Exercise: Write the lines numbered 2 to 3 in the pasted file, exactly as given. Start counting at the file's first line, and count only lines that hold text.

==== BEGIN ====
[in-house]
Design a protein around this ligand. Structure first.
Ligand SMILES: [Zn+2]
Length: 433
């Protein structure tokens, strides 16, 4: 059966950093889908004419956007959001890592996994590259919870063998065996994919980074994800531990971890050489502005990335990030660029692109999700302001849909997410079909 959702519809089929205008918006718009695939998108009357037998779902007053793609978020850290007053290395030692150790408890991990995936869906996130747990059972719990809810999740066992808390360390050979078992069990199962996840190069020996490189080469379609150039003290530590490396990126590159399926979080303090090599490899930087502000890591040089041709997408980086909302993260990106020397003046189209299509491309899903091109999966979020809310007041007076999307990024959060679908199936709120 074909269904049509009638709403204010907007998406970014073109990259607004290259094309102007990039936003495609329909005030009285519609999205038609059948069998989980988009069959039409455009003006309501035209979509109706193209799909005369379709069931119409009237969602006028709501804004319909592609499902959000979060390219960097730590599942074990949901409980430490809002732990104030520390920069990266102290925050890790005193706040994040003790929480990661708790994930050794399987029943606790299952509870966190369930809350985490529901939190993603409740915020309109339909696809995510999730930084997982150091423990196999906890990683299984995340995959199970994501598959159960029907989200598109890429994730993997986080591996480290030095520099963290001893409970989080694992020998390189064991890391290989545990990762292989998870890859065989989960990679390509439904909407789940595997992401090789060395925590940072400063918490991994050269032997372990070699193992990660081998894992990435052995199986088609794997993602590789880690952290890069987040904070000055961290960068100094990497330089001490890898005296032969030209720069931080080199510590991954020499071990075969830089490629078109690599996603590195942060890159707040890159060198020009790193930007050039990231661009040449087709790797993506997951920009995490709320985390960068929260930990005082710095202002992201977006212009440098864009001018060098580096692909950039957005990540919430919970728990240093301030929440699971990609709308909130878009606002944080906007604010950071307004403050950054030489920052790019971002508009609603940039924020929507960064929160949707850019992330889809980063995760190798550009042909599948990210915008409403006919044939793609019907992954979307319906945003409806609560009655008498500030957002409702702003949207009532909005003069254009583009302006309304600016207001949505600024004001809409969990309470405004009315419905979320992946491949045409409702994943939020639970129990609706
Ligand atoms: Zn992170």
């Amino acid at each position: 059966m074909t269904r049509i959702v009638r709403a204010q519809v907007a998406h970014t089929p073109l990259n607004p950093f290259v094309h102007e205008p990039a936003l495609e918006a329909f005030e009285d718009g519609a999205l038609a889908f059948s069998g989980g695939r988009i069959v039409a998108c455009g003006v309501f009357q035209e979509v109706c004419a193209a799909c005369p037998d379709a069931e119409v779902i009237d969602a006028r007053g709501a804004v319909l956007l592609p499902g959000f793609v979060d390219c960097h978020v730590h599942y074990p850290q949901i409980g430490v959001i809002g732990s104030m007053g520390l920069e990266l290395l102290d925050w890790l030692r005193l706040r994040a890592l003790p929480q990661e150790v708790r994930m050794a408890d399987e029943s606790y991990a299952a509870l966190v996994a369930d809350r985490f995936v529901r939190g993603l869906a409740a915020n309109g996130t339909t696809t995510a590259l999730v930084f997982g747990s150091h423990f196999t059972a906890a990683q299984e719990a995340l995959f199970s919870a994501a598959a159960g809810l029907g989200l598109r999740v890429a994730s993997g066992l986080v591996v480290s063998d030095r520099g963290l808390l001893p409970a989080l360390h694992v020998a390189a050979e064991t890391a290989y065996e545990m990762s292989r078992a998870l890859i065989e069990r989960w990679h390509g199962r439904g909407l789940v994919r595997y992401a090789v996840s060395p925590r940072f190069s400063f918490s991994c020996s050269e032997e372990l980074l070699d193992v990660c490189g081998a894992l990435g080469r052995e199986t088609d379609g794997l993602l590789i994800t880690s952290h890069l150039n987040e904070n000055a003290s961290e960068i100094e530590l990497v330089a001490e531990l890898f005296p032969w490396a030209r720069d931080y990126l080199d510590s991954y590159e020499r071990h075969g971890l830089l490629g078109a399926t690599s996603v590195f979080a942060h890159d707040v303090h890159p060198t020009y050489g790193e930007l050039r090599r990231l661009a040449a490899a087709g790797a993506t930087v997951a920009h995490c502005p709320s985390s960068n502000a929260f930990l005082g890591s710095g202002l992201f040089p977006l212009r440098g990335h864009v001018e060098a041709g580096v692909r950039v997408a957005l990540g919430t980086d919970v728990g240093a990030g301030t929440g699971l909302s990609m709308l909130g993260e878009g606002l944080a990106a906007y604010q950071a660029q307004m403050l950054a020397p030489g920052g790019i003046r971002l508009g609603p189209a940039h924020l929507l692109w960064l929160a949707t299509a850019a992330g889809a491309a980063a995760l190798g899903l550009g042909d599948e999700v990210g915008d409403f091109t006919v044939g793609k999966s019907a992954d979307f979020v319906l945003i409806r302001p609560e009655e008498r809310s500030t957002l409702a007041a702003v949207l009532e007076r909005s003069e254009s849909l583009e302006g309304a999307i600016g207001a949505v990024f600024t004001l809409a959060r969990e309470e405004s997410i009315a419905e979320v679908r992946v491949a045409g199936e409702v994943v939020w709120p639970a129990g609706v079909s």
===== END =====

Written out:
Design a protein around this ligand. Structure first.
Ligand SMILES: [Zn+2]